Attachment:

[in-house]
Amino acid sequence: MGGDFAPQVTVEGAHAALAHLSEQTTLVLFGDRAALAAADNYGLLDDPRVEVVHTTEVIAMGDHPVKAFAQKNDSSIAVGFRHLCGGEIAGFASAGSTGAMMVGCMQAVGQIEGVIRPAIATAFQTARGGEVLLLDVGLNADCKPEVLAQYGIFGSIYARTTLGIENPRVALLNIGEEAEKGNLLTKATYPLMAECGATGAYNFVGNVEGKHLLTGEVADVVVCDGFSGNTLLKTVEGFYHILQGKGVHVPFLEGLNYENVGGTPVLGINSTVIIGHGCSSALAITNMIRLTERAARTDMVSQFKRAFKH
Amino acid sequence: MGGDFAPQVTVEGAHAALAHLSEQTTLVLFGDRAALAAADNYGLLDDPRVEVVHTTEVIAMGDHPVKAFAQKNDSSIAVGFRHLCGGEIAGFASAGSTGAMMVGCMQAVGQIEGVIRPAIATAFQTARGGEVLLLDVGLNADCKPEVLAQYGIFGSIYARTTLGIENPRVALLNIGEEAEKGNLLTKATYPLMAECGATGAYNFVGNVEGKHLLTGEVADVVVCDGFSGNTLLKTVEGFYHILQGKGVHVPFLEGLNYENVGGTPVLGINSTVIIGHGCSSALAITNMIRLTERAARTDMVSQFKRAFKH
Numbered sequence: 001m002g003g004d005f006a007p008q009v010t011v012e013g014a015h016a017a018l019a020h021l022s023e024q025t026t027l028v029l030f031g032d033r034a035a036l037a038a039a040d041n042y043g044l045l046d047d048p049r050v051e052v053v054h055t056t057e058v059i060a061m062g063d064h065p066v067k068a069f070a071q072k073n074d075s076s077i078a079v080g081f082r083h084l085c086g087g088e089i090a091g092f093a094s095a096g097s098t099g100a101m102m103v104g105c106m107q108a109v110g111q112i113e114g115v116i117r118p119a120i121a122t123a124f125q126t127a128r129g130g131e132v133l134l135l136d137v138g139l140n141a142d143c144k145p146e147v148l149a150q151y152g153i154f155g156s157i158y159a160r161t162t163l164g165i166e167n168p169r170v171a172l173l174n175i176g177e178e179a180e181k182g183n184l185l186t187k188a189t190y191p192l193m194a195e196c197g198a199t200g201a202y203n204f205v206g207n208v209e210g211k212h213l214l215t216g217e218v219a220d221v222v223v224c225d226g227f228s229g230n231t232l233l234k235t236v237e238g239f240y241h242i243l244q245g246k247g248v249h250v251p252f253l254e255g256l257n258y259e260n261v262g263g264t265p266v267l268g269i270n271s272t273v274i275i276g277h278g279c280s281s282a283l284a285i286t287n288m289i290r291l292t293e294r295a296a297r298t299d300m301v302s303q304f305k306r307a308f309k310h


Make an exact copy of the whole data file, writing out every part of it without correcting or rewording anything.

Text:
[in-house]
Amino acid sequence: MGGDFAPQVTVEGAHAALAHLSEQTTLVLFGDRAALAAADNYGLLDDPRVEVVHTTEVIAMGDHPVKAFAQKNDSSIAVGFRHLCGGEIAGFASAGSTGAMMVGCMQAVGQIEGVIRPAIATAFQTARGGEVLLLDVGLNADCKPEVLAQYGIFGSIYARTTLGIENPRVALLNIGEEAEKGNLLTKATYPLMAECGATGAYNFVGNVEGKHLLTGEVADVVVCDGFSGNTLLKTVEGFYHILQGKGVHVPFLEGLNYENVGGTPVLGINSTVIIGHGCSSALAITNMIRLTERAARTDMVSQFKRAFKH
Amino acid sequence: MGGDFAPQVTVEGAHAALAHLSEQTTLVLFGDRAALAAADNYGLLDDPRVEVVHTTEVIAMGDHPVKAFAQKNDSSIAVGFRHLCGGEIAGFASAGSTGAMMVGCMQAVGQIEGVIRPAIATAFQTARGGEVLLLDVGLNADCKPEVLAQYGIFGSIYARTTLGIENPRVALLNIGEEAEKGNLLTKATYPLMAECGATGAYNFVGNVEGKHLLTGEVADVVVCDGFSGNTLLKTVEGFYHILQGKGVHVPFLEGLNYENVGGTPVLGINSTVIIGHGCSSALAITNMIRLTERAARTDMVSQFKRAFKH
Numbered sequence: 001m002g003g004d005f006a007p008q009v010t011v012e013g014a015h016a017a018l019a020h021l022s023e024q025t026t027l028v029l030f031g032d033r034a035a036l037a038a039a040d041n042y043g044l045l046d047d048p049r050v051e052v053v054h055t056t057e058v059i060a061m062g063d064h065p066v067k068a069f070a071q072k073n074d075s076s077i078a079v080g081f082r083h084l085c086g087g088e089i090a091g092f093a094s095a096g097s098t099g100a101m102m103v104g105c106m107q108a109v110g111q112i113e114g115v116i117r118p119a120i121a122t123a124f125q126t127a128r129g130g131e132v133l134l135l136d137v138g139l140n141a142d143c144k145p146e147v148l149a150q151y152g153i154f155g156s157i158y159a160r161t162t163l164g165i166e167n168p169r170v171a172l173l174n175i176g177e178e179a180e181k182g183n184l185l186t187k188a189t190y191p192l193m194a195e196c197g198a199t200g201a202y203n204f205v206g207n208v209e210g211k212h213l214l215t216g217e218v219a220d221v222v223v224c225d226g227f228s229g230n231t232l233l234k235t236v237e238g239f240y241h242i243l244q245g246k247g248v249h250v251p252f253l254e255g256l257n258y259e260n261v262g263g264t265p266v267l268g269i270n271s272t273v274i275i276g277h278g279c280s281s282a283l284a285i286t287n288m289i290r291l292t293e294r295a296a297r298t299d300m301v302s303q304f305k306r307a308f309k310h